2014's fast food atrocities
Burger King's black cheeseburger: Made with squid ink and bamboo charcoal, arguably a symbol of meat's destructive effect on the planet. Only available in Japan.
If humans aren’t willing to become vegetarians, the next-best thing may be for us to eat fish that are. Three Baltimore researchers announced that they’ve developed a suitable vegetarian diet for cobia, a carnivorous fish that, according to the Washington Post, is “all the rave in Europe and Asia,” as well as a “growing delicacy in the United States.”
The researchers announced last week that they pulled off the feat at a laboratory in the Columbus Center in downtown Baltimore. Over the course of a four-year study, Watson said, they dabbled with mixtures of plant-based proteins, fatty acids and a powerful amino acid-like substance found in energy drinks until they came up with a combination that cobia and another popular farm fish, gilt-head bream, gobbled down.
The conversion of these carnivorous fish to a completely vegetarian diet is a first, according to the University of Maryland Center for Environmental Science, and a key to breaking a cycle in which the ocean’s stocks of small fish — menhaden, anchovies and sardines — are plundered by industrial fishing partly to provide fish feed to aquaculture, one of the fastest-growing economic sectors in the world.
The National Oceanic and Atmospheric Association and the Department of Agriculture have been looking to replace the diet of farmed fish since 2007. But finding the right combination of nutrients to replace the cobia’s natural diet was far from simple. As explained on the NOAA’s website, “Fish are considered a ‘superfood’ in part because they are rich in heart- and brain-healthy omega-3 fatty acids. These compounds will only reach the consumer’s plate if they are present in the feed used on fish farms.” According to the researchers, vegetarian fish will also have much lower levels of mercury and PCBs.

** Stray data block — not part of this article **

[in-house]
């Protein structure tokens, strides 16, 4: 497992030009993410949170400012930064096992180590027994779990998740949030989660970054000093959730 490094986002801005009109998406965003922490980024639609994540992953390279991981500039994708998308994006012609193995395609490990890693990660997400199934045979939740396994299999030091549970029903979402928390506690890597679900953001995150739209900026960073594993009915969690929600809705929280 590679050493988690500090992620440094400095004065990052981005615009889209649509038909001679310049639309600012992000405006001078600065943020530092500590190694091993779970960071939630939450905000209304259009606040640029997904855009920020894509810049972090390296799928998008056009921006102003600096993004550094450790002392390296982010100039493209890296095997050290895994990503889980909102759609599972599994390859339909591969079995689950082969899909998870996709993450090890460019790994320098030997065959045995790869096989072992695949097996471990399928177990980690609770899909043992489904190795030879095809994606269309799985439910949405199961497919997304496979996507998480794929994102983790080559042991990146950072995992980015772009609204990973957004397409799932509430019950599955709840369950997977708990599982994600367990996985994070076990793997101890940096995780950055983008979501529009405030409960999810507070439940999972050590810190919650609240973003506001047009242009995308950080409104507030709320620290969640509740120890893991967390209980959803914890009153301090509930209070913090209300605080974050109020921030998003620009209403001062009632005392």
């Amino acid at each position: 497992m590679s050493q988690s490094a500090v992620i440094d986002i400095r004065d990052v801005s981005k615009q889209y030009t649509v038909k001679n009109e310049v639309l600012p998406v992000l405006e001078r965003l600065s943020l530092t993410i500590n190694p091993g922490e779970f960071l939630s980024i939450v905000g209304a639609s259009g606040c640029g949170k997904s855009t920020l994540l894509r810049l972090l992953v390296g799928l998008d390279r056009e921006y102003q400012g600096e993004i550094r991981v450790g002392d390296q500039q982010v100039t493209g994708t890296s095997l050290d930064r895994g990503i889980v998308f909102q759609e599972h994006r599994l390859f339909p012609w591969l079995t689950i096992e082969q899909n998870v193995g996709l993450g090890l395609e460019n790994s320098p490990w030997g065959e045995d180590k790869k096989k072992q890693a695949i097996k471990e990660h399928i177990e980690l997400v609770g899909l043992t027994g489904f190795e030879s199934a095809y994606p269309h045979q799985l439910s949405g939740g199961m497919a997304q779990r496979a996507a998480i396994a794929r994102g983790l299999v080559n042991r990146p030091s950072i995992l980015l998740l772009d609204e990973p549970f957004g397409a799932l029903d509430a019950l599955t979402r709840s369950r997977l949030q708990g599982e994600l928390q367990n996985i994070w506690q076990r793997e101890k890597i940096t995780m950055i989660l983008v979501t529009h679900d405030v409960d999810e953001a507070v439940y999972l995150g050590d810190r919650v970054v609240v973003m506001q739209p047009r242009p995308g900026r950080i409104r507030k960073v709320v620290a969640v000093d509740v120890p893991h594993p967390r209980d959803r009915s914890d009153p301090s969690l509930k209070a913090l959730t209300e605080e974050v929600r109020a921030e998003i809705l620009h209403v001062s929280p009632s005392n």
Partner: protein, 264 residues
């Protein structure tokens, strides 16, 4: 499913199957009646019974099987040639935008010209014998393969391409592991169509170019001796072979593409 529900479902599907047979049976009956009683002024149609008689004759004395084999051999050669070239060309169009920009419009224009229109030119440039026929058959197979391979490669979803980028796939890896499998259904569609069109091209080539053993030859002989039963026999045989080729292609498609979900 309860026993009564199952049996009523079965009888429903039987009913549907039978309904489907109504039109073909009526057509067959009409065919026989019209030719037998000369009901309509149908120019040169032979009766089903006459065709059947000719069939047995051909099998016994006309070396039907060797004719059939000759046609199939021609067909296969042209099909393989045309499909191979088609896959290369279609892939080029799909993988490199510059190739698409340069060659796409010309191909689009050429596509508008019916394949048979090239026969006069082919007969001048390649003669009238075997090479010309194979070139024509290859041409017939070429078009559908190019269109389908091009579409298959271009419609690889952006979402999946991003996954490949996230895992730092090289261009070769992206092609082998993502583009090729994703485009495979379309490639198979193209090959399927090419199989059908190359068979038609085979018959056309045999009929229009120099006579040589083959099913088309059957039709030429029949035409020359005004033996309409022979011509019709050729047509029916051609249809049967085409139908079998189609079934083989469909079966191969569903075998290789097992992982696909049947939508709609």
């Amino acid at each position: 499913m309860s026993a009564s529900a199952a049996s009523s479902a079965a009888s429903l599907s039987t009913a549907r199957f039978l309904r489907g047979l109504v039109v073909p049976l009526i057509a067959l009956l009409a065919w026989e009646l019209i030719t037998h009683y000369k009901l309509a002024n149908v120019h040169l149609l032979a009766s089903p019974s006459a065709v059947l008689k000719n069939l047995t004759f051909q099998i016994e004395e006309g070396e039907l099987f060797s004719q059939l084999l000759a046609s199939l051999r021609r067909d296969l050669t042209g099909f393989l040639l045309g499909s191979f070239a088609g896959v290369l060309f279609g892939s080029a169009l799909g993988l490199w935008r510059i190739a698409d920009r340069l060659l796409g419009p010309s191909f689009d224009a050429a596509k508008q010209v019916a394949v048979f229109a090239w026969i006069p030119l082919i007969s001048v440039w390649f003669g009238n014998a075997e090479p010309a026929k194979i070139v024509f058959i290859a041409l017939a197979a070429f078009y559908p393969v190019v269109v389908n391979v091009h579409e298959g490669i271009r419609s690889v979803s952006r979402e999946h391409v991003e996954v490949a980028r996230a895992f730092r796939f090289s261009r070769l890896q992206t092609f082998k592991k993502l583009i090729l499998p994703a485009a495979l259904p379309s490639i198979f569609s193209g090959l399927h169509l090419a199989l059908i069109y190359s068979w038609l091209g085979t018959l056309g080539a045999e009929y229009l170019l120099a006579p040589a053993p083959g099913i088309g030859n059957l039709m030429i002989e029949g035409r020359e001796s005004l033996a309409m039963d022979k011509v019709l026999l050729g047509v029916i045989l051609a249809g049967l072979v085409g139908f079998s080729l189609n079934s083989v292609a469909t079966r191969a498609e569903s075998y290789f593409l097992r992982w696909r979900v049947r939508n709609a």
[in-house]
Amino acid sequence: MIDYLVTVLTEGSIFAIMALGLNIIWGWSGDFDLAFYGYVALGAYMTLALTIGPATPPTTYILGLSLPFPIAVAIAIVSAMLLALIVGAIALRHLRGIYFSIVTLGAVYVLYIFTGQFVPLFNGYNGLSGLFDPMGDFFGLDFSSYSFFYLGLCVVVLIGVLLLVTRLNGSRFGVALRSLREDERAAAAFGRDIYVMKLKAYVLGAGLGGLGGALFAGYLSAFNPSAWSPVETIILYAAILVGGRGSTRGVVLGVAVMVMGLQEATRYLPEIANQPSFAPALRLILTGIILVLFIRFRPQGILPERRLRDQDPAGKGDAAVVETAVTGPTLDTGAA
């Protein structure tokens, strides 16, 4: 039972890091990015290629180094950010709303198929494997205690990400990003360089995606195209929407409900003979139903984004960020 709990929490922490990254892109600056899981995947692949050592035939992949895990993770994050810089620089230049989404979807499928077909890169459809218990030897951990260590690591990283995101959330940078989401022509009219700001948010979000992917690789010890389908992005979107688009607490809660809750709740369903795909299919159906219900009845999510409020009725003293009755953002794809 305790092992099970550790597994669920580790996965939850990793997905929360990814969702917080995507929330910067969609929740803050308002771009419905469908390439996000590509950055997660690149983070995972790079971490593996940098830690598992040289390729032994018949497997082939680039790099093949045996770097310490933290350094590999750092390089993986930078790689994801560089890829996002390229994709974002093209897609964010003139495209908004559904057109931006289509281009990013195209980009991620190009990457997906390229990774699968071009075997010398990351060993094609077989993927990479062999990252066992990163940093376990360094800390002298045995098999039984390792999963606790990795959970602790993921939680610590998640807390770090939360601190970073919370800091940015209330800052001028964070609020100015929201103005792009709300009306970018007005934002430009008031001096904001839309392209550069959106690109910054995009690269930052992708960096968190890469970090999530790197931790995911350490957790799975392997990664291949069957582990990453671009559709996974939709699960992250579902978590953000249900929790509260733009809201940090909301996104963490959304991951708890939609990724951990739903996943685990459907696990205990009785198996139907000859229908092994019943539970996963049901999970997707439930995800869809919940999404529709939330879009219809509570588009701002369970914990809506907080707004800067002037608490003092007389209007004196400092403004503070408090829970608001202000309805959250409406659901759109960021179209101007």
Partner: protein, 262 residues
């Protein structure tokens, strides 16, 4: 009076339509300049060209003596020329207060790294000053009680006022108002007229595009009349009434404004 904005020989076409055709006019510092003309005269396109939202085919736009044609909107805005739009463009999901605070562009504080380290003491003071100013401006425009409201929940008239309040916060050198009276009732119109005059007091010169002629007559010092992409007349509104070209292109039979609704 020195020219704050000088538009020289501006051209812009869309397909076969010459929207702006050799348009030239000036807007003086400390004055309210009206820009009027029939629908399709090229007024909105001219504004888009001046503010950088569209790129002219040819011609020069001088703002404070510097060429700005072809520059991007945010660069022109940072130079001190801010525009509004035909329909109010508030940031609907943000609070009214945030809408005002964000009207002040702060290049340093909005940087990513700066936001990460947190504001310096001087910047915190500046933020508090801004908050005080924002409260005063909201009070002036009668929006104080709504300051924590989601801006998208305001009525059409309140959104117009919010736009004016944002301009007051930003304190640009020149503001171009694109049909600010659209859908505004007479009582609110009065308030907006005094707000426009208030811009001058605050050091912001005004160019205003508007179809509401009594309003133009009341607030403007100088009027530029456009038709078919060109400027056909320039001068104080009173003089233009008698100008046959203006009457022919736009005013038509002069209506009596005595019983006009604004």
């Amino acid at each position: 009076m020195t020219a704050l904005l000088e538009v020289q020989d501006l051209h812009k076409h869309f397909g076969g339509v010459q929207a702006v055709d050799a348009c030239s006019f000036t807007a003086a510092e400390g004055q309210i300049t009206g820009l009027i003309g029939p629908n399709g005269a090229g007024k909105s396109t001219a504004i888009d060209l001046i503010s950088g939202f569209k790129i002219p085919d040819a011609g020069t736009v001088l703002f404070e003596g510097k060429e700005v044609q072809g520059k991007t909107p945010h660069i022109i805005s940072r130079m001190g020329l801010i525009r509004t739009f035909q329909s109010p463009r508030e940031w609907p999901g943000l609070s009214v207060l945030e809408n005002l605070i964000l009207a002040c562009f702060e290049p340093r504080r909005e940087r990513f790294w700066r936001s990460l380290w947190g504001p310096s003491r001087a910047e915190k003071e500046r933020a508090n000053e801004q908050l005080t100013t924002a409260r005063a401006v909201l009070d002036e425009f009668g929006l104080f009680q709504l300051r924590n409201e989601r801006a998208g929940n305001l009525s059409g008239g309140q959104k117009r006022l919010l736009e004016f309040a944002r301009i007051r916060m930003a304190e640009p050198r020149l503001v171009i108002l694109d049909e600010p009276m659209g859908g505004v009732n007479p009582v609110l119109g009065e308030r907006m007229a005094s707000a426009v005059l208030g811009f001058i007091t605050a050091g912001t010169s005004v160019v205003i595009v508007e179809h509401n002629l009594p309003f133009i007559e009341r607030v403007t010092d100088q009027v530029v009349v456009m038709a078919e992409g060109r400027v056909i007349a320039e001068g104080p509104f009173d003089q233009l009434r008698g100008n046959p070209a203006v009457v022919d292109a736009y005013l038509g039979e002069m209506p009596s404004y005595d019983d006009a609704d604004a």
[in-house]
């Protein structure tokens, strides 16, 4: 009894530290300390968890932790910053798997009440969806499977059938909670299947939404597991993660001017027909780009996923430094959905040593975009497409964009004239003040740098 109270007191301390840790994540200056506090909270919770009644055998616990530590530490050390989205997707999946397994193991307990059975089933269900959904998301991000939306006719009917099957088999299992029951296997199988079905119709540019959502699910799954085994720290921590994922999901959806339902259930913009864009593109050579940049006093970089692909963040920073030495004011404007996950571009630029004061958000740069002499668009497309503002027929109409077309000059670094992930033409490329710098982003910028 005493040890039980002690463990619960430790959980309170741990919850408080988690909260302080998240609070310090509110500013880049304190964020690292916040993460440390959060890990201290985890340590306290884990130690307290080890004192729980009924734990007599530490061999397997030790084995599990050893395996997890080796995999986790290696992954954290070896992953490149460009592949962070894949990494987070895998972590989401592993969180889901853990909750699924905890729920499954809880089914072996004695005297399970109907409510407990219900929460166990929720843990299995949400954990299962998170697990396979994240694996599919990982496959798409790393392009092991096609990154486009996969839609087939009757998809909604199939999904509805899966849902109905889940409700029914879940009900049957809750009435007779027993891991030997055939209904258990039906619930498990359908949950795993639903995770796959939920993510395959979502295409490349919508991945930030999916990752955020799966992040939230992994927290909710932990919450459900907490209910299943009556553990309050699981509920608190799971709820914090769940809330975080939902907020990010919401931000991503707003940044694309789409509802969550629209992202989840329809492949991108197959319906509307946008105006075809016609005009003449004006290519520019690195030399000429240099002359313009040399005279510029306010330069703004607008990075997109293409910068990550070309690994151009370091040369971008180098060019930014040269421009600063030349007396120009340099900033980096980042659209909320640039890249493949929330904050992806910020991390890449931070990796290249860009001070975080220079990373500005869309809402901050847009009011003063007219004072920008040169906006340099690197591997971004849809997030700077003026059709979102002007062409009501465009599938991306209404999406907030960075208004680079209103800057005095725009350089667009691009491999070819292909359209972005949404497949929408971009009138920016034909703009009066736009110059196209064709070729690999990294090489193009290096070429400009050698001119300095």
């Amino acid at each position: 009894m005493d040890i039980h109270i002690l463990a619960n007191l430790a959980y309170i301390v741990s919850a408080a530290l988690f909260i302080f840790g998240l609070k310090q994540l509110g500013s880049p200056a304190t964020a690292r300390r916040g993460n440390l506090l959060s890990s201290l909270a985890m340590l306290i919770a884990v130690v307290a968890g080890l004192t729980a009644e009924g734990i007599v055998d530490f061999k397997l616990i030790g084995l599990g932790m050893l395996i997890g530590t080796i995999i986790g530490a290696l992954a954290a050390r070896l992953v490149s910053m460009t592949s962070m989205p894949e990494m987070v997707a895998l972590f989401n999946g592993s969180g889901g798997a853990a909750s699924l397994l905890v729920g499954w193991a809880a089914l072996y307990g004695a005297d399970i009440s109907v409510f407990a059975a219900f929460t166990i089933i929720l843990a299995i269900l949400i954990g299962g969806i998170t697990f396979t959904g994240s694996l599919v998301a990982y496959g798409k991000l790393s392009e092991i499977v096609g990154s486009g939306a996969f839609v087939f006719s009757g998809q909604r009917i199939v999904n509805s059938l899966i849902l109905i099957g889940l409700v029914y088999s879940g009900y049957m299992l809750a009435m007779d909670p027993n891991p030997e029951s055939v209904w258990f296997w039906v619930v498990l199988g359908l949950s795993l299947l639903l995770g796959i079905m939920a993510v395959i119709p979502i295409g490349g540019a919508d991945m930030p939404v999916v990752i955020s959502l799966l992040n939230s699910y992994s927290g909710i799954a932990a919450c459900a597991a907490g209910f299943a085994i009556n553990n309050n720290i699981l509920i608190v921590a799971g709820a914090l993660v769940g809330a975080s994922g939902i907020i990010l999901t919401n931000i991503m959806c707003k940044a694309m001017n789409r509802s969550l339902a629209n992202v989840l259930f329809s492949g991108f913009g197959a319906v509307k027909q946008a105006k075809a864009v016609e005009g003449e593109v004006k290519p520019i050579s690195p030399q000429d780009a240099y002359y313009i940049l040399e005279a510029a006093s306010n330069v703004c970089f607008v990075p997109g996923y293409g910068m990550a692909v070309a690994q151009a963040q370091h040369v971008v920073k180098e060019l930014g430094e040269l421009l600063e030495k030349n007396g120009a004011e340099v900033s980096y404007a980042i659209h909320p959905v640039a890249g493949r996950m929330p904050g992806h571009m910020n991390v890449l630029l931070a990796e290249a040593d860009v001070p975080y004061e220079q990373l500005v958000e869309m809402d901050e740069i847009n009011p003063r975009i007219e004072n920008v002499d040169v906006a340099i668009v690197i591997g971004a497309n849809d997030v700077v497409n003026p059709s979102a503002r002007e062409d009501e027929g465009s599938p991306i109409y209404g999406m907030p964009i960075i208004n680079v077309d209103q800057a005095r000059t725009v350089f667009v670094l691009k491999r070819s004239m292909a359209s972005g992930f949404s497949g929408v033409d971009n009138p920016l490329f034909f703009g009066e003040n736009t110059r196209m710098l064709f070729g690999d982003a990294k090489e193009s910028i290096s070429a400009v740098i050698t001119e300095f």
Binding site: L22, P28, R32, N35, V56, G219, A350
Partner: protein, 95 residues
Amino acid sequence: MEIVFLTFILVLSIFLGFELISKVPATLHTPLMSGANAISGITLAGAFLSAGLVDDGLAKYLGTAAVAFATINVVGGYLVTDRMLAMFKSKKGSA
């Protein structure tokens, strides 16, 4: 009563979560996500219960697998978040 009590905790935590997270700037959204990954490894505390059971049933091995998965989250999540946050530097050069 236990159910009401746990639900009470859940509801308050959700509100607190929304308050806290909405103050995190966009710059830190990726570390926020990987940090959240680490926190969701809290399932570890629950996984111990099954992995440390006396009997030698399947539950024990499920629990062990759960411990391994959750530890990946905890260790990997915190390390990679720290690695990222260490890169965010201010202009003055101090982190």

Most exciting, though, is what this means for overfishing. “Aquaculture isn’t sustainable because it takes more fish to feed fish than are being produced,” said Dr. Aaron Watson, one of the researchers involved in the discovery. According to the team’s announcement, it can take five pounds of wild fish to produce one pound of fish intended for human consumption. Their fish food addresses this problem, and in so doing may have solved one of the main barriers to making aquaculture sustainable.
Lindsay Abrams is a staff writer at Salon, reporting on all things sustainable. Follow her on Twitter @readingirl, email firstname.lastname@example.org.More Lindsay Abrams.
Domino's Specialty Chicken: It's like regular pizza, except instead of a crust, there's fried chicken. The company's marketing officer calls it "one of the most creative, innovative menu items we have ever had” -- brain power put to good use.
KFC'S ZINGER DOUBLE DOWN KING: A sandwich made by adding a burger patty to the infamous chicken-instead-of-buns creation can only be described using all caps. NO BUN ALL MEAT. Only available in South Korea.
Taco Bell's Waffle Taco: It took two years for Taco Bell to develop this waffle folded in the shape of a taco, the stand-out star of its new breakfast menu.
Krispy Kreme Triple Cheeseburger: Only attendees at the San Diego County Fair were given the opportunity to taste the official version of this donut-hamburger-heart attack combo. The rest of America has reasonable odds of not dropping dead tomorrow.
Taco Bell's Quesarito: A burrito wrapped in a quesadilla inside an enigma. Quarantined to one store in Oklahoma City.